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Probate and Estate Administration

The passing of a loved one can be a challenging time for the family left behind. Besides taking care of the funeral and burial of the loved one, many difficult emotional challenges arise.

At this difficult time of life, settling the final affairs of a deceased loved one must also be done. This includes taking care of the property they left behind, and hoping to avoid family disputes and other types of legal challenges that often occur when someone has passed away. This process is usually achieved through probate and estate administration.

Common Questions

Probate and Estate Administration

What is Probate?

Probate is the formal legal process that gives recognition to a will and appoints the executor or personal representative who will administer the estate and distribute assets to the intended beneficiaries. It is typically initiated by the executor who is named in the will. This person will take the will to the surrogate court and request that the will be given formal legal validity.

Once the will has been probated, the surrogate court will issue a document known as letters testamentary. This document will allow the executor to marshal the assets of the deceased person, pay the required debts, and distribute the inheritances to the heirs.

Do I Need to Probate A Will?

Yes, you do. Having the will is not enough – it has to be validated through the probate process and letters testamentary issued before the executor can act. In fact, the executor, nor anyone else, should not act to mange the assets of the decedent without probate to avoid unnecessary disputes, errors, extra taxes, and damage to the assets.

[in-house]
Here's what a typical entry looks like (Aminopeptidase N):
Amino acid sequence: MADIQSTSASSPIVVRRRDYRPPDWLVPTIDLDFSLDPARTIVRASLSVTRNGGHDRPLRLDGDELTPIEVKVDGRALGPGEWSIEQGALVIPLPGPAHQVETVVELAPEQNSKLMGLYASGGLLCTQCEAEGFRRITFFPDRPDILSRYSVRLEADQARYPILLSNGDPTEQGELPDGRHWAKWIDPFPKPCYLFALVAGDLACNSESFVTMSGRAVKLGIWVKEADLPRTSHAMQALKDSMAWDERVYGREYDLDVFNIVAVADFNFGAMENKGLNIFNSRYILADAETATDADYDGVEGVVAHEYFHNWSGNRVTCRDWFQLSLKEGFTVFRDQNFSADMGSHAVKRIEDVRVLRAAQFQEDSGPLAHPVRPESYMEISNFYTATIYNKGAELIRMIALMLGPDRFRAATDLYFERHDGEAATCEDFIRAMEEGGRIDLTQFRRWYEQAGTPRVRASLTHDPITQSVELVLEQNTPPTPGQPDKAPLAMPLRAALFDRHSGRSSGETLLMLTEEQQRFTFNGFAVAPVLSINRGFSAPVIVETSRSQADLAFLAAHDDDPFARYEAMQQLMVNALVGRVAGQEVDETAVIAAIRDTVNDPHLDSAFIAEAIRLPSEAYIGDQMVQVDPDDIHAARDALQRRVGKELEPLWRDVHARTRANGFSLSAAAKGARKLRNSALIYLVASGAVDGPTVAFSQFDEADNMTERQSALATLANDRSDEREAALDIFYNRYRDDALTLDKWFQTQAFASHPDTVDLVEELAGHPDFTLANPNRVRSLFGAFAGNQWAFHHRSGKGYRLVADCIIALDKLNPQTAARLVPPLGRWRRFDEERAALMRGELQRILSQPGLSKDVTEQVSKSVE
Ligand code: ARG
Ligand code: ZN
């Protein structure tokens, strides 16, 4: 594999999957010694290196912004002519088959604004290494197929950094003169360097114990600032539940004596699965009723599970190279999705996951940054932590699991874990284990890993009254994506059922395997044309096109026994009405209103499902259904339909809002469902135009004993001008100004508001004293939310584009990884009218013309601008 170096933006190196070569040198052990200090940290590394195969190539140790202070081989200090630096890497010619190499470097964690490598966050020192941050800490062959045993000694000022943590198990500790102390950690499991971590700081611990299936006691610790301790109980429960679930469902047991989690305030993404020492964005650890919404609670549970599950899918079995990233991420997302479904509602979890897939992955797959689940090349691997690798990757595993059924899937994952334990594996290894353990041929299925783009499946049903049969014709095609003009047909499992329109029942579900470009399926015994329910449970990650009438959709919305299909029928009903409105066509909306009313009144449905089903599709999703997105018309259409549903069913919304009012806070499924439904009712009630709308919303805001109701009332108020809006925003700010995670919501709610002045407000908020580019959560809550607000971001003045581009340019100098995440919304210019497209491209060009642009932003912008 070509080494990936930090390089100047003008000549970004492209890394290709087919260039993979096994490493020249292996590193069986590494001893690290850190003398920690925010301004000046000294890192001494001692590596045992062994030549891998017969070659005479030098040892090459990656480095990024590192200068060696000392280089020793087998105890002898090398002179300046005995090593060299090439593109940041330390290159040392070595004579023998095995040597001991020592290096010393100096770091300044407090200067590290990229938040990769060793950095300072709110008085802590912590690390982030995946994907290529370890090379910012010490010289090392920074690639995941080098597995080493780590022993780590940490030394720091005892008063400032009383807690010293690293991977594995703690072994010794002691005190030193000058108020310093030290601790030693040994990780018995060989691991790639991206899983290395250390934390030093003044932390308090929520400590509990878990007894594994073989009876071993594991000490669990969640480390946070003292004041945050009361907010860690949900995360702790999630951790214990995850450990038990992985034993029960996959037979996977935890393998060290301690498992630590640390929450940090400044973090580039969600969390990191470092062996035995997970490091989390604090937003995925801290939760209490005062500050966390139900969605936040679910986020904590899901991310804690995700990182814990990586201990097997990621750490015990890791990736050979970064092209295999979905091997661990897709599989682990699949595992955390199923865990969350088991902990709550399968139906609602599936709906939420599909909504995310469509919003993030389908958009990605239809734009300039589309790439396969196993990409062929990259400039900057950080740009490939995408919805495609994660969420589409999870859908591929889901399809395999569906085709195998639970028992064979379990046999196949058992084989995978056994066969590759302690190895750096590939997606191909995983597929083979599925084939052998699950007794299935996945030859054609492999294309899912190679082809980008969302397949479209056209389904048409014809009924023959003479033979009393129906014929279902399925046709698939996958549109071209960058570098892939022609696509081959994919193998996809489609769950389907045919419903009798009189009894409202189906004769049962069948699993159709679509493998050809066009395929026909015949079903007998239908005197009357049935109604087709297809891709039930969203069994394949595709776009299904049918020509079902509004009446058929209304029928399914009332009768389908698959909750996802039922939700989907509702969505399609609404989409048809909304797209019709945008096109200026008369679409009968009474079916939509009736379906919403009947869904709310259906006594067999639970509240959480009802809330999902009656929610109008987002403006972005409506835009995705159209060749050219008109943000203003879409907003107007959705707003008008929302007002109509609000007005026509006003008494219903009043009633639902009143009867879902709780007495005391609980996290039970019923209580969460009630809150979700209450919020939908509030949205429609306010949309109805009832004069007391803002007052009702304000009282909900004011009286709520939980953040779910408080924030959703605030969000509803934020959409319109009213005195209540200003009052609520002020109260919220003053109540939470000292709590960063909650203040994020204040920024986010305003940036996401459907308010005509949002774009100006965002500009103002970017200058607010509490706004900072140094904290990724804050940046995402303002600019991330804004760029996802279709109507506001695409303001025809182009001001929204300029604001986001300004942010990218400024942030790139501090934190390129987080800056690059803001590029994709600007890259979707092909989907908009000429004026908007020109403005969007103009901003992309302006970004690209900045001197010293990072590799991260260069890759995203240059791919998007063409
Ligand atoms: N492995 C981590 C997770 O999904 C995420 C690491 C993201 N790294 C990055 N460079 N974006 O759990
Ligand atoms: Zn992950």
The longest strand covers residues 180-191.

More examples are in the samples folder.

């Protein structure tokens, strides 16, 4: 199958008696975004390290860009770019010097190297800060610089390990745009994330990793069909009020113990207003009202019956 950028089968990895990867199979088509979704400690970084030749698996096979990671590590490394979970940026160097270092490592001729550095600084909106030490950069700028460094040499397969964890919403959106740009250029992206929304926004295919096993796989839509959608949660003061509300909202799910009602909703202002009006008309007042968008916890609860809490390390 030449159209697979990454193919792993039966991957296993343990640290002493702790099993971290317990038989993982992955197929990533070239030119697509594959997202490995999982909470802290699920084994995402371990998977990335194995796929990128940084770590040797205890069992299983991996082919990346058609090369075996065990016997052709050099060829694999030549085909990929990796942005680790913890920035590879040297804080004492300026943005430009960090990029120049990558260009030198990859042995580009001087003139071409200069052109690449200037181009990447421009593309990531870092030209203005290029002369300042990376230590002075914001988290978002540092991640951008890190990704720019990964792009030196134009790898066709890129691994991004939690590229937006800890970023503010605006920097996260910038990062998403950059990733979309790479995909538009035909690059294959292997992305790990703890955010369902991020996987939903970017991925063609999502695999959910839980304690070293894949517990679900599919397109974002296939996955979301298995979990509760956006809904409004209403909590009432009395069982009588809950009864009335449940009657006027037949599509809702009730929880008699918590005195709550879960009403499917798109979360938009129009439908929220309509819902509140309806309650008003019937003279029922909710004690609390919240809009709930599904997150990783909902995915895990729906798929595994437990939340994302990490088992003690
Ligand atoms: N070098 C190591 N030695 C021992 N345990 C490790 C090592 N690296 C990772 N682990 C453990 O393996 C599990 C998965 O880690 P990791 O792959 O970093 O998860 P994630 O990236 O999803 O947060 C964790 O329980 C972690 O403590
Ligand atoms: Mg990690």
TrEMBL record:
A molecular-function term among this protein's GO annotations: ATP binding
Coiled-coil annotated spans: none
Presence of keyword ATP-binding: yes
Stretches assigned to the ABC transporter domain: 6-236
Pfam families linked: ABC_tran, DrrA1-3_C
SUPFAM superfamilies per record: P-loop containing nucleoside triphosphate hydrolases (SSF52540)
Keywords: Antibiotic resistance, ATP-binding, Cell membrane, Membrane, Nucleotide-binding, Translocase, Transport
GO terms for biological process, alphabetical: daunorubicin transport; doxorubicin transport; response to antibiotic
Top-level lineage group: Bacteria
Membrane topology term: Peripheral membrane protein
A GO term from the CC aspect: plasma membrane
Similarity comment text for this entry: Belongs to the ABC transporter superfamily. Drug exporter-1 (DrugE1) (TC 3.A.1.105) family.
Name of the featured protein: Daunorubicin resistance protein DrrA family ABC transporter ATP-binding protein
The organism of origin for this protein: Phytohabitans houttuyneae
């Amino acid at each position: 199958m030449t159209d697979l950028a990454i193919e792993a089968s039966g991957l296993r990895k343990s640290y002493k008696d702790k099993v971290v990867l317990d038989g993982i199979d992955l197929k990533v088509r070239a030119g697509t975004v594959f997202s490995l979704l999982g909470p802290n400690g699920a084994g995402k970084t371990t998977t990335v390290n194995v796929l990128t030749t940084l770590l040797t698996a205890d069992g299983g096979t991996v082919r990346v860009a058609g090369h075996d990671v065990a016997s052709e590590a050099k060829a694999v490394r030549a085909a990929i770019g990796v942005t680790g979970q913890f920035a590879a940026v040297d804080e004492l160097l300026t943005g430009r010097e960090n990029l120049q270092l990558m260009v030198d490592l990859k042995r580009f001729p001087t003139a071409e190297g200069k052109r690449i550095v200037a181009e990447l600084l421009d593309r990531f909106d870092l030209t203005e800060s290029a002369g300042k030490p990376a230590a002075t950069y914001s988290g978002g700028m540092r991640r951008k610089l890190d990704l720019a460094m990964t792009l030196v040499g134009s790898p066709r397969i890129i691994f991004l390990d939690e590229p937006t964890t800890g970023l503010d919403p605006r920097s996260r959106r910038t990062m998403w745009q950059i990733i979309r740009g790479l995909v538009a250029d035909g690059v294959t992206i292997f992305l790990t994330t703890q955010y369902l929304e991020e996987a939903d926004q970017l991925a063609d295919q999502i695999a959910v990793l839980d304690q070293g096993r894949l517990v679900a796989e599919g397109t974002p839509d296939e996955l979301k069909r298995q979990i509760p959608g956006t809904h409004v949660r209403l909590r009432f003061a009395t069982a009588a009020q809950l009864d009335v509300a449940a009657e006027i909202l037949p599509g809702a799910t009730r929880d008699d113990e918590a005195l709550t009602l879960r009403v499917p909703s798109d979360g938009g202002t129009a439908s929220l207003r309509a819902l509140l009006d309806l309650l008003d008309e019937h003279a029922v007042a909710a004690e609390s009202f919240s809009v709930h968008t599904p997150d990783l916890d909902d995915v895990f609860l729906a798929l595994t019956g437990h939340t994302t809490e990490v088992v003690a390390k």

What Happens If I Don’t Probate A Will?

If you don’t probate a will, the assets remain in the name of the deceased person. Assets can’t be managed, debts paid, or inheritances distributed. This can lead to loss of value of the assets as they can’t be actively managed, as well as family disputes when inheritances fail to arrive.

Is Probate Difficult?

Probate can be easy or complex, depending on the circumstances. The surrogate court will require certain documents to be provided to determine who is the appropriate executor and who are the proper heirs. Formal notice must be given to the appropriate parties in an estate case, and proof must be given to the surrogate. During this process, disputes may arise among family members that can be difficult and damaging both to estate assets and family relationships. There can also be important tax issues that impact the inheritance. So, while the process may seem straightforward, it often brings on complicated problems.

Should I Try to Avoid Probate?

Probably not. In some states, probate is a long and costly process. Probate in New Jersey and New York are not difficult enough to make avoidance desireable.

Having said that, there are still reasons to avoid probate through particular types of estate planning. These include placing assets in a revocable living trust, putting real estate and other assets as joint tenants with rights of survivorship, and using beneficiary designations. Once the person has passed away, it is probably too late to avoid probate.
Probate Without a Will

Please contact me at 201-773-8914 for more information.
Email: mfine@avabiz.com